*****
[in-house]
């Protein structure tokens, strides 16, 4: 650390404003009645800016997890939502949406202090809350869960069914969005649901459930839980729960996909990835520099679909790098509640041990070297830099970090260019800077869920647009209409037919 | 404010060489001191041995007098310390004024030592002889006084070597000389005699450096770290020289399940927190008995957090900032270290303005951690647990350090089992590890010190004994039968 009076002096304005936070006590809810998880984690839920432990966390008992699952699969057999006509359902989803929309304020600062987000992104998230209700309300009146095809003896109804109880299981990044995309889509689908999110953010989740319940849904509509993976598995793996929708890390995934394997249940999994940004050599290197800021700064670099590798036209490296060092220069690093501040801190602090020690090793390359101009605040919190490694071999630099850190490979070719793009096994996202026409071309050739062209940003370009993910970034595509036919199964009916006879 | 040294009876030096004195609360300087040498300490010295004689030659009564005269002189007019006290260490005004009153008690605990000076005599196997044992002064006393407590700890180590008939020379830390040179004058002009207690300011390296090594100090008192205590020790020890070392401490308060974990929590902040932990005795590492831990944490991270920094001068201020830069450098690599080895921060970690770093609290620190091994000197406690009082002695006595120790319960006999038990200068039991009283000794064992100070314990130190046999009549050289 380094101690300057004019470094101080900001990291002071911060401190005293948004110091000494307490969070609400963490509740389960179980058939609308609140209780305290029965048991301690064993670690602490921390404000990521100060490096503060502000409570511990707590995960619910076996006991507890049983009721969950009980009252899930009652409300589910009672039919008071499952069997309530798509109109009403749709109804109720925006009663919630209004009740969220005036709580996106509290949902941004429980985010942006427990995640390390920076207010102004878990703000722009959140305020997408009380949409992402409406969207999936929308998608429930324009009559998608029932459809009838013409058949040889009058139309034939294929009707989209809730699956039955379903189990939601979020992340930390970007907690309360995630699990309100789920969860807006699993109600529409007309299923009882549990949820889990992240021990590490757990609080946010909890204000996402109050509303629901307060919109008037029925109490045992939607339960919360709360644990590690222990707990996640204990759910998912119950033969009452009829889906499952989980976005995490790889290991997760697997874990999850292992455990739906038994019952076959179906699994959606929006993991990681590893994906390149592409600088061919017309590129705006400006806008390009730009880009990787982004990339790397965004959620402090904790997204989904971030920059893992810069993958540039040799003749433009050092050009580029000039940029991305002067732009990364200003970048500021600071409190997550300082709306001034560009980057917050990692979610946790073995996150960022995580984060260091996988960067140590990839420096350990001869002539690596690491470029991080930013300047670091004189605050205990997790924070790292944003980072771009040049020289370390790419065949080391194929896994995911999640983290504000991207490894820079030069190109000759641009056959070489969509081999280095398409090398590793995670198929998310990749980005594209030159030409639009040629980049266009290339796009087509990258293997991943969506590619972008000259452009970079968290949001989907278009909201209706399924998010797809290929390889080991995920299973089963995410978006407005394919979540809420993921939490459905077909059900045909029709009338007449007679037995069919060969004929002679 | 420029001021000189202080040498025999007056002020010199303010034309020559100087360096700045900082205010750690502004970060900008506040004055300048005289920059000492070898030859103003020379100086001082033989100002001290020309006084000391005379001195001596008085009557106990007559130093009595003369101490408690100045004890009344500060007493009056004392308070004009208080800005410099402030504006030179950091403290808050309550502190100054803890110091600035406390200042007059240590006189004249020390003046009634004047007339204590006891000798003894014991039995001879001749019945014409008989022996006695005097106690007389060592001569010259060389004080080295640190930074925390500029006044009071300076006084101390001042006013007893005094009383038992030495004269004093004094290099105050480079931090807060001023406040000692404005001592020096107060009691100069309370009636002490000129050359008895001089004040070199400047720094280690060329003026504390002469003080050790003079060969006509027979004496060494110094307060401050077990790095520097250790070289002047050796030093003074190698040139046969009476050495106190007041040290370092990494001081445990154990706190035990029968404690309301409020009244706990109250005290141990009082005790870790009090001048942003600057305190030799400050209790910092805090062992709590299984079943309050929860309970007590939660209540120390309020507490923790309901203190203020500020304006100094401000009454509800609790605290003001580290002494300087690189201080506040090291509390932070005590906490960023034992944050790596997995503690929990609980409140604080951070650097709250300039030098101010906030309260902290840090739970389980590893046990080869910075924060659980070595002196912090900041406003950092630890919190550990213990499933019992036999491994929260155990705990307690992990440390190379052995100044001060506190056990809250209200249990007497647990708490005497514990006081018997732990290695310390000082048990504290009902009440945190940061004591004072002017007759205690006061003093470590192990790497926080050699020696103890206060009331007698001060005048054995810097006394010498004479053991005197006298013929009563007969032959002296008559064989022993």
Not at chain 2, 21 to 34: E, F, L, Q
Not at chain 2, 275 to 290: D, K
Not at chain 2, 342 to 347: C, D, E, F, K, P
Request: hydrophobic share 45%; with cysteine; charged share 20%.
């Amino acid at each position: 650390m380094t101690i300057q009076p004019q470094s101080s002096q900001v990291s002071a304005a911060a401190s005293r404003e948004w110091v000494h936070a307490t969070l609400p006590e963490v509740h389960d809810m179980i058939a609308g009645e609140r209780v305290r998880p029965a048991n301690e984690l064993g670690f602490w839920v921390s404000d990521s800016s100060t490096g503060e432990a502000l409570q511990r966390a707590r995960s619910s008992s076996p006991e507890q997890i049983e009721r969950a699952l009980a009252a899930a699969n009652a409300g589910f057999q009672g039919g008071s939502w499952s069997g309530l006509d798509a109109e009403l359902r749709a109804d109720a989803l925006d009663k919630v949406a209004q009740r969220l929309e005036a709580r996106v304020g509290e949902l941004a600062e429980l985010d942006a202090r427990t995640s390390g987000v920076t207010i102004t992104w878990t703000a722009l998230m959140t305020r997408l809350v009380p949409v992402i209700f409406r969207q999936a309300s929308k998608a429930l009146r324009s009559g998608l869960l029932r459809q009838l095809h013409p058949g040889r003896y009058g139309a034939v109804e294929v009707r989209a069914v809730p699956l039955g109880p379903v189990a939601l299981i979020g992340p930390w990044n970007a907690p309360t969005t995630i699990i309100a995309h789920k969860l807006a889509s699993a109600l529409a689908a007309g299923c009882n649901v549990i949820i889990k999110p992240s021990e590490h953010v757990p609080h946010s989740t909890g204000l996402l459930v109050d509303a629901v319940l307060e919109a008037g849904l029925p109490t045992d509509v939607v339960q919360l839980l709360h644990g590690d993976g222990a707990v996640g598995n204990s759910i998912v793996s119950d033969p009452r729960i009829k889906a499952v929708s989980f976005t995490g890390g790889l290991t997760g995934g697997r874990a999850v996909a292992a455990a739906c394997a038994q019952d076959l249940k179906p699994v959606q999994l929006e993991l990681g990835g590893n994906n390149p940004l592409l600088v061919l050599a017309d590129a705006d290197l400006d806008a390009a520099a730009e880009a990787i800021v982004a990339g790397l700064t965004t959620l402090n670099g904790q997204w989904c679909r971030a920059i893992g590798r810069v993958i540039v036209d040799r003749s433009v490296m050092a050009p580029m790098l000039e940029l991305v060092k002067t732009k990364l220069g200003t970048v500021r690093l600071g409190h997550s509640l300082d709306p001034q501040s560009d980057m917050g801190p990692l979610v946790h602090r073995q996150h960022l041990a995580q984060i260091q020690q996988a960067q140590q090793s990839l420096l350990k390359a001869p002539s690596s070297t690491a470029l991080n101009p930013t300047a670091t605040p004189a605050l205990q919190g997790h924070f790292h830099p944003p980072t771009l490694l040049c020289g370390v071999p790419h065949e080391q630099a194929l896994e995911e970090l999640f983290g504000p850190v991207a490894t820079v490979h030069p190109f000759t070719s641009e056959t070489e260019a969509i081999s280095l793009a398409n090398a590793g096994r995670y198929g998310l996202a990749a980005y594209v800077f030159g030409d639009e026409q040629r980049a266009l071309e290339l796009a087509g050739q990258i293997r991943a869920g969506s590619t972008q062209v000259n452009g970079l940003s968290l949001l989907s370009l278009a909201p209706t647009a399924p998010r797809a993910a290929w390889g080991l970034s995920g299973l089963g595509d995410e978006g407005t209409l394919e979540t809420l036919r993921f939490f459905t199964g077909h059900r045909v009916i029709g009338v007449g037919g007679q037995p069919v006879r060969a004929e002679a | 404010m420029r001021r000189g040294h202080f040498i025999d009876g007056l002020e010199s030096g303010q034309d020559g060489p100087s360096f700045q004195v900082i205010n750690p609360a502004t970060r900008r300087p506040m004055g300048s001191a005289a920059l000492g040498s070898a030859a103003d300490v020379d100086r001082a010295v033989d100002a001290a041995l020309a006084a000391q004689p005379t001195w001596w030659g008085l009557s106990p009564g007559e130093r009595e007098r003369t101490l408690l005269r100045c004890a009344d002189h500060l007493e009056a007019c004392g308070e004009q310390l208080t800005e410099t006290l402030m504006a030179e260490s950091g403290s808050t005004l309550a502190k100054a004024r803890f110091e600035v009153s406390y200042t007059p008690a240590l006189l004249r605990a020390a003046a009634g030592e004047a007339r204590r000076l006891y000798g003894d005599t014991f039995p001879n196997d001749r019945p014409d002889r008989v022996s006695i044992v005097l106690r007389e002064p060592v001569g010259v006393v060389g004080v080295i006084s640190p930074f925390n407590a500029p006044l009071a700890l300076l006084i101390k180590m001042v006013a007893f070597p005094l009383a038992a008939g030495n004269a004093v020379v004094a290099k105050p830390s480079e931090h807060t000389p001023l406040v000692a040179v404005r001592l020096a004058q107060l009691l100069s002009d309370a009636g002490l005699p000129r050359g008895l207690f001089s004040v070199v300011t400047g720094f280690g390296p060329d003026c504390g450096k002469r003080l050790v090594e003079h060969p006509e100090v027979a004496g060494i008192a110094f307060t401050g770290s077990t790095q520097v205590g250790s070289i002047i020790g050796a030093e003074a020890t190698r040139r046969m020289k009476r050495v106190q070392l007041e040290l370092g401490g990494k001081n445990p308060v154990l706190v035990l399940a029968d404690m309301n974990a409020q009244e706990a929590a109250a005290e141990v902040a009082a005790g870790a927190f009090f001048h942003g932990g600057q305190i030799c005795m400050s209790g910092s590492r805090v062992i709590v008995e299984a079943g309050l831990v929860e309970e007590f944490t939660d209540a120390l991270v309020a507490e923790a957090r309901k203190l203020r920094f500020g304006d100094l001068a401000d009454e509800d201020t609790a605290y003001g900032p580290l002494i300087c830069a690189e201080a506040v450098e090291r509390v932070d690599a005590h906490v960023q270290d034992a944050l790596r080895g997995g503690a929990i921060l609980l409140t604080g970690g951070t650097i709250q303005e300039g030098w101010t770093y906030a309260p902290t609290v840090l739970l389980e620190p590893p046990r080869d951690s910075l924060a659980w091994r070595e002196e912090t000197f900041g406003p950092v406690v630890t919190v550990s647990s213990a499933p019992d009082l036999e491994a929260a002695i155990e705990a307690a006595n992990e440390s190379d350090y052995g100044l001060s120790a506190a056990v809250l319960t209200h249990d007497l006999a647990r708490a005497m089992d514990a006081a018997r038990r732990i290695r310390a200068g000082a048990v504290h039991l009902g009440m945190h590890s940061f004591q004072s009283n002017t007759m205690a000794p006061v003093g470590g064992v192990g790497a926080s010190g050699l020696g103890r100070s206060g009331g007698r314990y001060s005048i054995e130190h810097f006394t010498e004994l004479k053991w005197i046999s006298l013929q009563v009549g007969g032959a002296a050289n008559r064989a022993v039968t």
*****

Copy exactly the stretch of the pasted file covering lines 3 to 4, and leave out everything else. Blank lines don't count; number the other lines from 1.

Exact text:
Not at chain 2, 21 to 34: E, F, L, Q
Not at chain 2, 275 to 290: D, K